“We are just being proactive and trying to be good fiduciaries of the system,” said OPERS spokesman Mike Pramik. Ohio law requires public pension funds to have enough assets on hand to meet their liabilities within a 30 year window. If OPERS doesn’t take action, the system would be out of compliance with that 30 year requirement.
The OPERS cost of living allowance depends on when the worker retired. For those who retired before January 2013, it’s 3 percent each year. For those who retired after that, the COLA is tied to inflation and is expected to be 1.4 percent for 2020.
OPERS trustees are also considering whether to require public workers hired after 2022 to contribute 11 percent of their wages toward retirement, up from the current 10 percent, Pramik said.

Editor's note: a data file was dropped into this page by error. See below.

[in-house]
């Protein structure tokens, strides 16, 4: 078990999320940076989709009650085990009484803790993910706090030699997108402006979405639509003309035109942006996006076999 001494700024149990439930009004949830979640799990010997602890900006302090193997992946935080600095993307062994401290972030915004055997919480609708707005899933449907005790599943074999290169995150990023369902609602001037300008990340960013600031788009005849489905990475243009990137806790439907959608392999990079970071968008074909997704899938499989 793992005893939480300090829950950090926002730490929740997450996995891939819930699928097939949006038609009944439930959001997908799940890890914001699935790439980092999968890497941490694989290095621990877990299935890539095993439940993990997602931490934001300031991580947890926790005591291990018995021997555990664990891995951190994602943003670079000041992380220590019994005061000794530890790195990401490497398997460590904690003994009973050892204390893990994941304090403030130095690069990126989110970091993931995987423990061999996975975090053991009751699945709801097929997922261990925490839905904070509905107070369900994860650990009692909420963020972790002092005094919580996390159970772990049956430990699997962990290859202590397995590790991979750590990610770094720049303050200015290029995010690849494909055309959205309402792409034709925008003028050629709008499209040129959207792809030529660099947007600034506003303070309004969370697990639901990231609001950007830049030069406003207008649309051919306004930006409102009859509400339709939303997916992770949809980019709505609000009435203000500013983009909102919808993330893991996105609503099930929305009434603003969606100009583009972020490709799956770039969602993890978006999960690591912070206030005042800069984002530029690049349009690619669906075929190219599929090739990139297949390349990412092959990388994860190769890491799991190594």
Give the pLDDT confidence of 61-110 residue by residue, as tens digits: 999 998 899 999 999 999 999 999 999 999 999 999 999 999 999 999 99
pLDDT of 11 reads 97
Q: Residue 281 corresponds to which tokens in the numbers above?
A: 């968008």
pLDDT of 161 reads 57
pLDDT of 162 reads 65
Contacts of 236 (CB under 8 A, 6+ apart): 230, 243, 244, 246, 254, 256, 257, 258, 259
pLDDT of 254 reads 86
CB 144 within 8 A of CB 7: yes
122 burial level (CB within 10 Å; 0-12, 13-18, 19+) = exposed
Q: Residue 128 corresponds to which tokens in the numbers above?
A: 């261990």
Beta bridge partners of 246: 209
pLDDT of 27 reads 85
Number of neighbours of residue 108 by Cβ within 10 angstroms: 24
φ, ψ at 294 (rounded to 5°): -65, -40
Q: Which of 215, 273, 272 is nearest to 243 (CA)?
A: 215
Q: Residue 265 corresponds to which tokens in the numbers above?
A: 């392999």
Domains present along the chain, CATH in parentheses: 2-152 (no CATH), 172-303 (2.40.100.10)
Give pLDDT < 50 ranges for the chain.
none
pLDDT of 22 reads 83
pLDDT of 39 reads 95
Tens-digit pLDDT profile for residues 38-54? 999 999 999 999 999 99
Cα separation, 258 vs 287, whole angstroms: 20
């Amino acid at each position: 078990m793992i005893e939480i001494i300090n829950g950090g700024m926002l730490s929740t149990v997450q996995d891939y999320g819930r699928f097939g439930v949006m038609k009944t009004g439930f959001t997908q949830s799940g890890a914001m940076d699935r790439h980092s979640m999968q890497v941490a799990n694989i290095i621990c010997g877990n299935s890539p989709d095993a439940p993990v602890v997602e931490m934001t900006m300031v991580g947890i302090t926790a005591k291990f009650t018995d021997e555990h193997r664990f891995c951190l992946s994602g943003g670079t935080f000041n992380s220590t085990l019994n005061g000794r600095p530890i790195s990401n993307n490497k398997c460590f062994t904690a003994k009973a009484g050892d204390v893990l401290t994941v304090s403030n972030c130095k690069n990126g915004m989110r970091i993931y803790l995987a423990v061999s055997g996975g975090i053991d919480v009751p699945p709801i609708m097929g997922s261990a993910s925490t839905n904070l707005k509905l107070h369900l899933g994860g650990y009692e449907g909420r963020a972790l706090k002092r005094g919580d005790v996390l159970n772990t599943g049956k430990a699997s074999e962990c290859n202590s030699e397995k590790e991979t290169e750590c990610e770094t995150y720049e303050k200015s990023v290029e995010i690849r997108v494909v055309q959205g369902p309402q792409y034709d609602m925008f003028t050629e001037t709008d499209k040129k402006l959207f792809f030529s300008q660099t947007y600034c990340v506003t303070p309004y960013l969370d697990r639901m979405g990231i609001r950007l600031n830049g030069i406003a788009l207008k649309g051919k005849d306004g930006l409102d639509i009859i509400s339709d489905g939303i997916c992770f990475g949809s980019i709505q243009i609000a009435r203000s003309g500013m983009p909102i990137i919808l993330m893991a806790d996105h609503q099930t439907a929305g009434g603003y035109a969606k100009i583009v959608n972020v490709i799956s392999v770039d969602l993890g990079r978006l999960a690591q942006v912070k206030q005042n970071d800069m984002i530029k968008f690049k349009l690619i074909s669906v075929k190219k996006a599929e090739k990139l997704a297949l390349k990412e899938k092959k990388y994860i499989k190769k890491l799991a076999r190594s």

OPERS is the largest of Ohio’s five public employee retirement systems. It has $91.2 billion in assets and serves 1.14 million, including 213,000 retirees, 628,000 inactive members and 304,000 active workers.
The assumed rate of return on the OPERS portfolio is 7.2 percent per year. Returns in recent years have bouned up and down: -3.38% in 2018, 16.62% in 2017, 8.23% in 2016, -.03% in 2015 and 6.7% in 2014.
The second largest pension system in Ohio, State Teachers Retirement System, eliminated its COLA in 2017.
Related: Retired Ohio teachers to lose cost of living increase